Fighting back from drought and bushfire trauma

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Tenterfied wants grey nomads after bushfires
Barry and Di are hoping that business will pick up

Even before summer arrived, bushfires and the threat of bushfires dominated news headlines for weeks.

Like everyone else, grey nomads have seen dramatic images of fires threatening entire communities, and been told of the vast swathes of bushland being scorched.

However, when the firefighters and the news crews retreat, these communities – even those which manage to avoid the nightmare scenario – can still be left counting the cost.

Tenterfield in New South Wales is a classic example. The first bushfire came near the town on September 6, and there have been a steady stream of threats ever since.

Barry and Di O’Connor have owned the Tenterfield Lodge and Caravan Park since 2015. The couple, now in their early 60s, initially spent a lot of time, energy and money changing the focus of the park to cater to grey nomads rather than fruit pickers and backpackers.

After three years, they felt that they had positioned the park to exactly where they wanted it and then came the drought … and the bushfires. The couple says sensationalised media coverage has since seen grey nomads and others staying away from Tenterfield in their droves.

And, of course, Tenterfield is just one of the many rural towns feeling the same economic pain.

“There are four caravan parks in Tenterfield, and all are feeling the pinch,” said Barry. “I do not have their occupancy figures for the period September 5 to November 9, but I am sure that they are similar to ours … with cabin bookings down 50%, and powered sites down from 60% to 35%.”

The O’Connors say that even with a couple of caravan club bookings which did not cancel, their takings were down $25,000 for September and October alone … and they fear the trend will continue until mid-next year or longer.

“In this period, we have averaged five or so sites per night of the 28 sites we have available and with most people only staying one night,” said Barry. “In the same period last year, we averaged 20 sites per night with many guests staying two to three nights.”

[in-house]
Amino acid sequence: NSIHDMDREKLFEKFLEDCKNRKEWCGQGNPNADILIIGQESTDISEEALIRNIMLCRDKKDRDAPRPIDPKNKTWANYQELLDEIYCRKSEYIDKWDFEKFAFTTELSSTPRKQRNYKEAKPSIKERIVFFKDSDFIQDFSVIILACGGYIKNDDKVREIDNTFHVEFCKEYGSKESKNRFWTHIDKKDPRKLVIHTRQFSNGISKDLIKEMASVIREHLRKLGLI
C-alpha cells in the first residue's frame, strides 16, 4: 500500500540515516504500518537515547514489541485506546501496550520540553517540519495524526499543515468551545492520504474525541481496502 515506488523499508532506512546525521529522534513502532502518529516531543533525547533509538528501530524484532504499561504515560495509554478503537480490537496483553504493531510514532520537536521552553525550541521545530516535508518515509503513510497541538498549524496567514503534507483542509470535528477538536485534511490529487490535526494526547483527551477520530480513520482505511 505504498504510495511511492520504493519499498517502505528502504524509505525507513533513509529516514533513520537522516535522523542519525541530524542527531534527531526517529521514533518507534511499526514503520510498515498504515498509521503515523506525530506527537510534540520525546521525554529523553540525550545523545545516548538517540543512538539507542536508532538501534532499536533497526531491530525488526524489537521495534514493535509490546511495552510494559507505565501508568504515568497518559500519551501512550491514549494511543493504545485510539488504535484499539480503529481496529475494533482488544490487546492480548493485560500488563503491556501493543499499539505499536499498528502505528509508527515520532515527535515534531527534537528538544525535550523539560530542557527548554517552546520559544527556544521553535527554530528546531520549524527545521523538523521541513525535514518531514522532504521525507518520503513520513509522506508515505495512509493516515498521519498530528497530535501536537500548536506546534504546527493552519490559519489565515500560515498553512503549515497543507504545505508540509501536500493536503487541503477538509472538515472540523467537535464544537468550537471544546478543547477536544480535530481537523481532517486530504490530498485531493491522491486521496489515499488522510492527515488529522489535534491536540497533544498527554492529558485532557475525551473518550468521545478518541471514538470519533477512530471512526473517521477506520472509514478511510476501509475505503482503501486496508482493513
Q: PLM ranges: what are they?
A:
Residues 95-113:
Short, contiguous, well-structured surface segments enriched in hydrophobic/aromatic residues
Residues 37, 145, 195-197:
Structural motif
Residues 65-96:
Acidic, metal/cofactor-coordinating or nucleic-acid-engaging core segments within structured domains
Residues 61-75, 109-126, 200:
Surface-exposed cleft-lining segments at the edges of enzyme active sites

Of course, this reduced visitation has had a far wider impact.

“The impact on the town is serious with those shops, cafes, hotels, petrol stations, and other businesses reporting significant decreases in sales,” said Barry. “Many are reducing staff hours and staff numbers, meaning less income that can be spent in town.”

Barry says that – as they have elsewhere in the country – the grey nomads who have visited Tenterfield have done so to try to help the town recover.

“We in the bush are a hardy lot who know that tough times don’t last but tough people do,” said Barry. “We are not looking for a handout, we are looking for hand up, and the best thing anyone can do is to come and spend a dollar or two in country towns … they will welcome you with open arms.”

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3 Responses to Fighting back from drought and bushfire trauma

  1. The Queensland Retreat Caravan group hold Get Togethers twice a year in support of the Country towns in Qld that are suffering the inpact of drougth, Our recently get together was held at the Kalbar showgrounds were we had 40 members attend while we were there we took up a collection for the RSF and raised $265 dollars plus we spent money at the local butchers,hotel,Kalbar Tuckerbox,the local supermart and all of the Scenic Rim, in March we will be having a event in Stanthorpe were we hope to raise more money for this struggling town, then we will go to Boulia in July for another event

  2. Thet are a Lovely Couple . We stayed there on purpose to put money back into the town .It us an eady walk into the Town.

  3. We have stayed at a caravan park in Tenterfield some 3 years ago.We were researching our family history which centred around Tenterfield back in the later part of 1800. Unfortunately we were unable to gain much knowledge of the Rodgers family who had settled inthis now famous town thanks to Peter Allen. Not sure which park, but the owners were very helpful, and proud of their country town.
    Will drop in next time to say hi again.
    Johnnie Rodgers

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